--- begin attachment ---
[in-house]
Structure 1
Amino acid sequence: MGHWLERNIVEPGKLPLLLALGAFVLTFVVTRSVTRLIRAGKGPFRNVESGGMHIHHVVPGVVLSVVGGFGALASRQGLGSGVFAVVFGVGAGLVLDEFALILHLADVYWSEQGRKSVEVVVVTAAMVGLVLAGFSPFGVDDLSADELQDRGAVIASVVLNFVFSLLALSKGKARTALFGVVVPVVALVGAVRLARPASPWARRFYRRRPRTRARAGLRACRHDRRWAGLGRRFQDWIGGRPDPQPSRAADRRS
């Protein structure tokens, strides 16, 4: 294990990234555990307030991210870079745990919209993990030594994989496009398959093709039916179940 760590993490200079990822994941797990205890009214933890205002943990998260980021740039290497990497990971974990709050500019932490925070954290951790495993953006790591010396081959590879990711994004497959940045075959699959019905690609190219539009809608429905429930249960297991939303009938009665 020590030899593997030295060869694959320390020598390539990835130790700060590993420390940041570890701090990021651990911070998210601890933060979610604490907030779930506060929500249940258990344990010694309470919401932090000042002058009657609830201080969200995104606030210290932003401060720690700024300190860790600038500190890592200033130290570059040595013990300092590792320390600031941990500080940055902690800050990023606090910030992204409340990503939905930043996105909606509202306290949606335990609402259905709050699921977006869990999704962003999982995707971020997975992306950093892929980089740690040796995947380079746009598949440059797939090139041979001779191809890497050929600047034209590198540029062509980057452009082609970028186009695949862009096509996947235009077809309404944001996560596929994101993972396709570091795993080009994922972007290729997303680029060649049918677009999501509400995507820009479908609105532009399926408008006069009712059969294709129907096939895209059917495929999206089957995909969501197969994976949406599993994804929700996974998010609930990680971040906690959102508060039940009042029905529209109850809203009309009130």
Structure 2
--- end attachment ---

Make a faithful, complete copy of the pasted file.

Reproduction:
[in-house]
Structure 1
Amino acid sequence: MGHWLERNIVEPGKLPLLLALGAFVLTFVVTRSVTRLIRAGKGPFRNVESGGMHIHHVVPGVVLSVVGGFGALASRQGLGSGVFAVVFGVGAGLVLDEFALILHLADVYWSEQGRKSVEVVVVTAAMVGLVLAGFSPFGVDDLSADELQDRGAVIASVVLNFVFSLLALSKGKARTALFGVVVPVVALVGAVRLARPASPWARRFYRRRPRTRARAGLRACRHDRRWAGLGRRFQDWIGGRPDPQPSRAADRRS
């Protein structure tokens, strides 16, 4: 294990990234555990307030991210870079745990919209993990030594994989496009398959093709039916179940 760590993490200079990822994941797990205890009214933890205002943990998260980021740039290497990497990971974990709050500019932490925070954290951790495993953006790591010396081959590879990711994004497959940045075959699959019905690609190219539009809608429905429930249960297991939303009938009665 020590030899593997030295060869694959320390020598390539990835130790700060590993420390940041570890701090990021651990911070998210601890933060979610604490907030779930506060929500249940258990344990010694309470919401932090000042002058009657609830201080969200995104606030210290932003401060720690700024300190860790600038500190890592200033130290570059040595013990300092590792320390600031941990500080940055902690800050990023606090910030992204409340990503939905930043996105909606509202306290949606335990609402259905709050699921977006869990999704962003999982995707971020997975992306950093892929980089740690040796995947380079746009598949440059797939090139041979001779191809890497050929600047034209590198540029062509980057452009082609970028186009695949862009096509996947235009077809309404944001996560596929994101993972396709570091795993080009994922972007290729997303680029060649049918677009999501509400995507820009479908609105532009399926408008006069009712059969294709129907096939895209059917495929999206089957995909969501197969994976949406599993994804929700996974998010609930990680971040906690959102508060039940009042029905529209109850809203009309009130």
Structure 2